*It’s a Spoiler-filled Write-up, Read only if you have seen the film*
The relationship between a father and his son is beautiful but strange. In one lifetime, they play so many roles in each other’s lives. In the beginning, their conversations are like a Teacher and his disciple when the young one is new in the world and has an array of questions about anything and everything. Time goes by and they become friends, the father becomes his young one’s first pal. Time goes by further, the son grows up and the two creates an invisible wall between them, their conversation becomes like those between acquaintances who care for each other but don’t have much to talk about, this goes for the longest duration until the time the older man can sense that an end is now not far away and death, seems to him, a foreseeable possibility and suddenly the invisible wall starts to fade and it brings a strange kind of closeness between the two, once again.
Death takes a soul, a life, but to make it up to us it leaves something behind, a realization of the love and compassion you had with that soul once. Death, as it turns out, is often mistaken as a separator but in a rather profound way, it resurrects the lost bond between two people, death brings their souls closer; death is anything but a separator. ‘Death is a process’ says the old man who runs Mukti Bhawan, a place where old people come, putting it as blatantly as I could, to find death, but what they, indeed, find is that death is not a moment, but a process which brings up so many emotional entities on the surface, before finally showing up and taking one’s soul away.
The Process of Death gives back a lot than what it eventually takes, there was a scene in which Daya [Lalit Behl] asks his son Rajiv [Adil Hussain] about why he stopped writing poetry and even though he grumpily replies that his beatings made him quit it, he was also pleasantly surprised that his father remembered fractions of his poetry about an old woman living in the stars.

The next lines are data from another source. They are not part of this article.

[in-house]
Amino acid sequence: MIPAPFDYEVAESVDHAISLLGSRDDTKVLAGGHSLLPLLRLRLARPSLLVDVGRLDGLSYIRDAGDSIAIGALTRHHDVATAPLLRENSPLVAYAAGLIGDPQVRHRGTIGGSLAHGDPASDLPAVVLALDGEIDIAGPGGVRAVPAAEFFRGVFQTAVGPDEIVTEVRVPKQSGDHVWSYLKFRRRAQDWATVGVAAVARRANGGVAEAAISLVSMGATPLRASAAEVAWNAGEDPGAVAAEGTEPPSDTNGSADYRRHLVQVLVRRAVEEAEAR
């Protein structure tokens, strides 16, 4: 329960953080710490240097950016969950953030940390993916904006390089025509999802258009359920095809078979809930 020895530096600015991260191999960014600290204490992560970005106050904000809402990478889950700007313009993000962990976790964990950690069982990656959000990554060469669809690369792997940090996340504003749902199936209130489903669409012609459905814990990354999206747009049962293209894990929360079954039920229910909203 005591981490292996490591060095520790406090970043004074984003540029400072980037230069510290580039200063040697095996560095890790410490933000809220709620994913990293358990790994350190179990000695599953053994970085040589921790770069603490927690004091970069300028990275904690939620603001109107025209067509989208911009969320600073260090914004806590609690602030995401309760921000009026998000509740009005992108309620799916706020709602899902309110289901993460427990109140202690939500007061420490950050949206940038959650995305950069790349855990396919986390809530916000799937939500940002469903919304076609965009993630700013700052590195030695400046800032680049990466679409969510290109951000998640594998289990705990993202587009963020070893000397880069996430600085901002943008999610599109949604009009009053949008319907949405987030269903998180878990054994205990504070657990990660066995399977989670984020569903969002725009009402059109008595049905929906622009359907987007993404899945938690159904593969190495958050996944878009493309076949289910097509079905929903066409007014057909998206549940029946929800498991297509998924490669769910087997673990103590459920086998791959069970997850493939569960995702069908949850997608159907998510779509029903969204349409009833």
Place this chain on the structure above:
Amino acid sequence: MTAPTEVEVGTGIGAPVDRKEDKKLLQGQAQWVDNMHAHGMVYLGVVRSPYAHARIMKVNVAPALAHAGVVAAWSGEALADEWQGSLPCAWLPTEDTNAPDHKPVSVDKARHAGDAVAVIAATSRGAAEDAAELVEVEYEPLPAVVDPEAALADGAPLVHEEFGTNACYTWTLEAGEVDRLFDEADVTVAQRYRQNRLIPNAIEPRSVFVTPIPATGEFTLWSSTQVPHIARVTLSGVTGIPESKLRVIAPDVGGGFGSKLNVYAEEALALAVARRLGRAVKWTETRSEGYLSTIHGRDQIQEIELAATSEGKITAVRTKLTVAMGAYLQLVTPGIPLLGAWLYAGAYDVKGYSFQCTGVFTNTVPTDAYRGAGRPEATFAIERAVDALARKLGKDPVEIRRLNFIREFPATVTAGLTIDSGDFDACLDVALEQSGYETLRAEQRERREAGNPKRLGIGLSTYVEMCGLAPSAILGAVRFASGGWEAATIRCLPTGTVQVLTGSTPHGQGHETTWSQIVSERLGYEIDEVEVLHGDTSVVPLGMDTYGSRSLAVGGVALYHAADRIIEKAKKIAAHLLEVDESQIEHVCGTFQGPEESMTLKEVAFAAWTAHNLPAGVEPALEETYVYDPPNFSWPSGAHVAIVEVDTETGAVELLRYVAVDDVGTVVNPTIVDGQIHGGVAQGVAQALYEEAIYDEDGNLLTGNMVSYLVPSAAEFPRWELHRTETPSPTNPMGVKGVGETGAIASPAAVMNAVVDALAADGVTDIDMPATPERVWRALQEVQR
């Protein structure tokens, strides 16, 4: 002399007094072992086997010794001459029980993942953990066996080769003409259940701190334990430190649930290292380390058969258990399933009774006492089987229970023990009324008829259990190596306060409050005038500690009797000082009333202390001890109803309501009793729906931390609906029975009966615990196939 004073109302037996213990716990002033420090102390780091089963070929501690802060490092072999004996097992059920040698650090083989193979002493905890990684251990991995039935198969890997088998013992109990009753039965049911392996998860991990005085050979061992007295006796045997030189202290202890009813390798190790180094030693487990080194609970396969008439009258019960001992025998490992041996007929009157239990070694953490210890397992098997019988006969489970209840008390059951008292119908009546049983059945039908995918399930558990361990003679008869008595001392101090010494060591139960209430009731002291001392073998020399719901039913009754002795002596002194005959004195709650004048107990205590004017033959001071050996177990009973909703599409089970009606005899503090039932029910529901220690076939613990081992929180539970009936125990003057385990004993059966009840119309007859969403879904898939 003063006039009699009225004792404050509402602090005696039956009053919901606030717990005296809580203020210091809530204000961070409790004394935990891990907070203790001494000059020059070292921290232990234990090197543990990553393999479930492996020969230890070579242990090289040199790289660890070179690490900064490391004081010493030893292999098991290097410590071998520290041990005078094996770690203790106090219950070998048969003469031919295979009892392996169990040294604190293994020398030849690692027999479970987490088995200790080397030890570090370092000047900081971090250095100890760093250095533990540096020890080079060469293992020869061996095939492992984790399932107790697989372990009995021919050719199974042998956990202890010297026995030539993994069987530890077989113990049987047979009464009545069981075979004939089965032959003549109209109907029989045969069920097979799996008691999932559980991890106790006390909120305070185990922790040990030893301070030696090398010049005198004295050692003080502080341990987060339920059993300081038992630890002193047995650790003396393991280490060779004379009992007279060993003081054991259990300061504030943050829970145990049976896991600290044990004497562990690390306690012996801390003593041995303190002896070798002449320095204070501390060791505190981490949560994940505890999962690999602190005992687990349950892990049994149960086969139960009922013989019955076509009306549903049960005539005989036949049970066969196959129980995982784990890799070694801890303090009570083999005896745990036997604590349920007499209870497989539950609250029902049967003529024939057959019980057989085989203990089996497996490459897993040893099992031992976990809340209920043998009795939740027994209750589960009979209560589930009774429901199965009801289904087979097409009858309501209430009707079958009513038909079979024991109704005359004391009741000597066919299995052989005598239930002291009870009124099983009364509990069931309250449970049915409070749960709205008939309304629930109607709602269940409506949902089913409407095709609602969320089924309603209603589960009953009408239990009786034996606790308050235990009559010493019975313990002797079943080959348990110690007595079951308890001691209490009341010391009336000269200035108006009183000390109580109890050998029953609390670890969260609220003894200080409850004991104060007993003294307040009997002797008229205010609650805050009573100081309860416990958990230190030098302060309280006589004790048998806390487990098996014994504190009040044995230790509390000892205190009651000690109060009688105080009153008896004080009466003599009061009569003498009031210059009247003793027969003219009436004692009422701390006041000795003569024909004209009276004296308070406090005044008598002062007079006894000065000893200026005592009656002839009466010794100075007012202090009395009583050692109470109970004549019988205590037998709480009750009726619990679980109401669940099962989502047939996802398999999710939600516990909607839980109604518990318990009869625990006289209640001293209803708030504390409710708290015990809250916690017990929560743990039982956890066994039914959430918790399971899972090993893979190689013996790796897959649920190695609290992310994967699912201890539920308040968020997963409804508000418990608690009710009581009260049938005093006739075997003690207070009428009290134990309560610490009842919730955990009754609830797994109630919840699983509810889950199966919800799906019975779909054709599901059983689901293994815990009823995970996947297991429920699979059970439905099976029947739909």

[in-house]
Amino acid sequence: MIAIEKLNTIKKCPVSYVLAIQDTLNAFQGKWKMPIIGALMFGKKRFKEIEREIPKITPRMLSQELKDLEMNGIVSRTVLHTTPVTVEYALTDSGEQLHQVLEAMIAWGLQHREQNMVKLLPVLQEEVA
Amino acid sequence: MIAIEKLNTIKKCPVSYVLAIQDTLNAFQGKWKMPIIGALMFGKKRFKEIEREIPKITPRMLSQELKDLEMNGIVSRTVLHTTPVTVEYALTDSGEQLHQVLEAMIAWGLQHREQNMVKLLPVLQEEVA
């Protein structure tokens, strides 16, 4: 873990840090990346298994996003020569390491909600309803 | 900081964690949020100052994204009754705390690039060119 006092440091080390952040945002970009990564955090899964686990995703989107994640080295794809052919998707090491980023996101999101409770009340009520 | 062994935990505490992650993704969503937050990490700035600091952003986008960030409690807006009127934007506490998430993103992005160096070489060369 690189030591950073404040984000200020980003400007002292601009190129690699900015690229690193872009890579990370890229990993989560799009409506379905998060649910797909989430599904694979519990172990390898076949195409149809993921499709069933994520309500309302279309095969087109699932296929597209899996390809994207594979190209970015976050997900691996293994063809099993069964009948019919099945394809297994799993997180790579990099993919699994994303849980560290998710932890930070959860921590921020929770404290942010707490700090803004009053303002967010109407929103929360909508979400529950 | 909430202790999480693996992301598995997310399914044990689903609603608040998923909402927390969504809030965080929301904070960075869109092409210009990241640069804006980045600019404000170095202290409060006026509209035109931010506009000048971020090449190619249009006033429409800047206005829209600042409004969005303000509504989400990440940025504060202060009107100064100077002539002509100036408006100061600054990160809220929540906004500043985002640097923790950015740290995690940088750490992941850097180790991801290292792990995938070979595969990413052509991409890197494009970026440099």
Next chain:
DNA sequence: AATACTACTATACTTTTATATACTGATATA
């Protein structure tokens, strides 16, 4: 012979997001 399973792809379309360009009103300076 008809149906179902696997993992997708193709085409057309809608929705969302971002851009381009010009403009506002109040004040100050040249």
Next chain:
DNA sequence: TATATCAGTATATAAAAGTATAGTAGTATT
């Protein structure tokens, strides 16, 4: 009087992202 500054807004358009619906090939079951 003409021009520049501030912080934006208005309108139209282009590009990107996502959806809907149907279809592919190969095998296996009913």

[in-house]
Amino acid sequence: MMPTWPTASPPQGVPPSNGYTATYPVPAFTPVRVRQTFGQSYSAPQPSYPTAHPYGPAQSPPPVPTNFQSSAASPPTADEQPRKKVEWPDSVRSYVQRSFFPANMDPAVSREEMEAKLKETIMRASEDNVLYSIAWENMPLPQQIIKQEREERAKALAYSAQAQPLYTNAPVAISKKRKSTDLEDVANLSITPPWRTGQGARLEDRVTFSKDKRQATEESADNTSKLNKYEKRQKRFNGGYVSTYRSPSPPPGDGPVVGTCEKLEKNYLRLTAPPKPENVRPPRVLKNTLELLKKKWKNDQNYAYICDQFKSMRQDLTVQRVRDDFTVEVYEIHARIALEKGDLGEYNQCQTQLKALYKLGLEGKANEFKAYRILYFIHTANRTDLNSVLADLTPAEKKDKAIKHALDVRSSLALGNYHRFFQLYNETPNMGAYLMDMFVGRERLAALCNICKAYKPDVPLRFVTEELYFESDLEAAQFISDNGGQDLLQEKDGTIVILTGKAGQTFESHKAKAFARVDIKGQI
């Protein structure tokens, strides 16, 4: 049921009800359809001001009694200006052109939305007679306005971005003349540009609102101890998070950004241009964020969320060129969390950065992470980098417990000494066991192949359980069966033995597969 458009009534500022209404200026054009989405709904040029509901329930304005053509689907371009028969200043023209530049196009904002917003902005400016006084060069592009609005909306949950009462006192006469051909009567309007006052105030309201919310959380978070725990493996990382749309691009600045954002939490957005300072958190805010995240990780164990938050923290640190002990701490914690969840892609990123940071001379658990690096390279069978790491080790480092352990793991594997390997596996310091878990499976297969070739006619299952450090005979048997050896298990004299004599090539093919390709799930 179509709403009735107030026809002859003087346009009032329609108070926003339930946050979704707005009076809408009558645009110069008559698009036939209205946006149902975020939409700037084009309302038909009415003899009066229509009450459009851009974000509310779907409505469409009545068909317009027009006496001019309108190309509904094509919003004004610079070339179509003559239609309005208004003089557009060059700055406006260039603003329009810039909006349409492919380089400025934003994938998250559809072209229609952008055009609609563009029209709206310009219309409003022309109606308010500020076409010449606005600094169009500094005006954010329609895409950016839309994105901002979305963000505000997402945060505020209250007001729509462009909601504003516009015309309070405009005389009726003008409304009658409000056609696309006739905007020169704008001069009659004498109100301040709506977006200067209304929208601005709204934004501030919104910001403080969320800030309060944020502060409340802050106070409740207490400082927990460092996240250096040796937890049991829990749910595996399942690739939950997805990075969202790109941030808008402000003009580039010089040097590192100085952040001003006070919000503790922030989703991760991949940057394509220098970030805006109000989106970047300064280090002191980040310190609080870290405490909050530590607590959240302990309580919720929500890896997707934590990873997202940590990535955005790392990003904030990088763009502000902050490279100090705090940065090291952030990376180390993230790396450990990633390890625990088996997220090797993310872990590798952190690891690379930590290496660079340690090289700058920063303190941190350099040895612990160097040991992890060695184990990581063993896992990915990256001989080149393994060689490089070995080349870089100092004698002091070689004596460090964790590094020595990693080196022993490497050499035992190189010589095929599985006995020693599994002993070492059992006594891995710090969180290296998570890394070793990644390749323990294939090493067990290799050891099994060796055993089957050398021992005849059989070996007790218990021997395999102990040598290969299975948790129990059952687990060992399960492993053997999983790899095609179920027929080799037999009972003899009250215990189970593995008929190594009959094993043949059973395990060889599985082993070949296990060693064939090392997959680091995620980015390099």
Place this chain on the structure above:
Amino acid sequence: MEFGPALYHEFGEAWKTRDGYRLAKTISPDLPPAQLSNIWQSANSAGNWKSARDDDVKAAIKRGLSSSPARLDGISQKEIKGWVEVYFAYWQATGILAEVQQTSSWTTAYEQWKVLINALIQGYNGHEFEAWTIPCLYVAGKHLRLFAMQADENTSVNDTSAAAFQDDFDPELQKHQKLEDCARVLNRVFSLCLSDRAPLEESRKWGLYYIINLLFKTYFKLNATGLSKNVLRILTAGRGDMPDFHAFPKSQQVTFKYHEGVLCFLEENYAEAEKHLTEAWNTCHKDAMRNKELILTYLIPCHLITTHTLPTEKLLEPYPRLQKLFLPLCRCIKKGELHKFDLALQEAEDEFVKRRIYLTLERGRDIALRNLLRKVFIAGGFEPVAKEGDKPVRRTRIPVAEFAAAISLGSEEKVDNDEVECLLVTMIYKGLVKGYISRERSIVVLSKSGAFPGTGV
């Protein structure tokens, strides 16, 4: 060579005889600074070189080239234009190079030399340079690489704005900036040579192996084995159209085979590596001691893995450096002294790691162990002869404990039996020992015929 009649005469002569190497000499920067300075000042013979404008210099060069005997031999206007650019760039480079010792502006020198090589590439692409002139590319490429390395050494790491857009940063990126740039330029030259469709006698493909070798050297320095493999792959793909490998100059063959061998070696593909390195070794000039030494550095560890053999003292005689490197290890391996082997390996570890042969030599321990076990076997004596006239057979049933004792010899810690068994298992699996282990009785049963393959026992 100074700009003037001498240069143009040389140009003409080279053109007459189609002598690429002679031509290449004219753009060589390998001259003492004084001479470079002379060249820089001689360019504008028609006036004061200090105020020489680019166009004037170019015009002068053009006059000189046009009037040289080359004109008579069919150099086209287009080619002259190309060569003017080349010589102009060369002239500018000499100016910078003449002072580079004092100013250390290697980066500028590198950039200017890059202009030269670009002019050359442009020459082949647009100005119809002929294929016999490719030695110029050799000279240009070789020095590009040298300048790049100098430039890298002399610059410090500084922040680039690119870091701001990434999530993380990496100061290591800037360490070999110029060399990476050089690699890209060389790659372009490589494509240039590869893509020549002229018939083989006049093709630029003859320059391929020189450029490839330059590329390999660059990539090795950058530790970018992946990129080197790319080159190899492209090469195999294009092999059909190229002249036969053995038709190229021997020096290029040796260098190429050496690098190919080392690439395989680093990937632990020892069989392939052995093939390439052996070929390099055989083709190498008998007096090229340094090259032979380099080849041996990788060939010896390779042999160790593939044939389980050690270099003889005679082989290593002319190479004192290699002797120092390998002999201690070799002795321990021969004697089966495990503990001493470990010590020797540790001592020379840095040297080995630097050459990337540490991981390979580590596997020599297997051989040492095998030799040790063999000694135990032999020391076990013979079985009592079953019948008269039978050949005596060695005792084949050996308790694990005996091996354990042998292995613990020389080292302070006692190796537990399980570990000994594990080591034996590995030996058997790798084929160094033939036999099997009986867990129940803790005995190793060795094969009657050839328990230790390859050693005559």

In another scene, Daya, who is really fond of his granddaughter, tells Rajiv about how her daughter, perhaps, fears her own father. This is an important scene, where we see how in Indian households, there are generation skips in friendships inside a family. Grandparents become our closest confidante while the father remains at bay as only an authority. As we find out a little information about his supposedly authoritarian ways, Daya must have a similar equation with Rajiv when he was young and it seemed that he is, perhaps, trying to break this code with his progressive attitude and support towards his granddaughter.
One of my favorite scenes in the film was when the son asks his father whether he would like to reborn again in the same family. To which the father says, with a laughter, that he wouldn’t want to become human in every life and that he would like to be reborn as a Kangaroo because Kangaroos have pouches in which he can keep a number of things. In a way, he desired to have a life where he would want to seize more moments than he could savor in this life.
The film explores death as an important character itself, it has its ways and just because you check in to a certain Hotel Salvation, it’s not going to come to you. It will knock your door when the time is right, but for the time being, you can call yourself a Daya or a Natwarlal or any other name you want, Death will find your soul anyway. There were different shades of death in Mukti Bhawan, like the interesting contrast in the deaths of Daya and his friend Vimla. Their deaths were quite different in nature. While Vimla’s death, to me, was a defeat, as if she surrendered when even after 18 years she couldn’t have the ideal compassion from her family (her son, basically), Daya’s death was truly a salvation, a closure one gets after living a good life, at the time when he could easily admit that ‘after all these years, his son became a beloved to him once again.’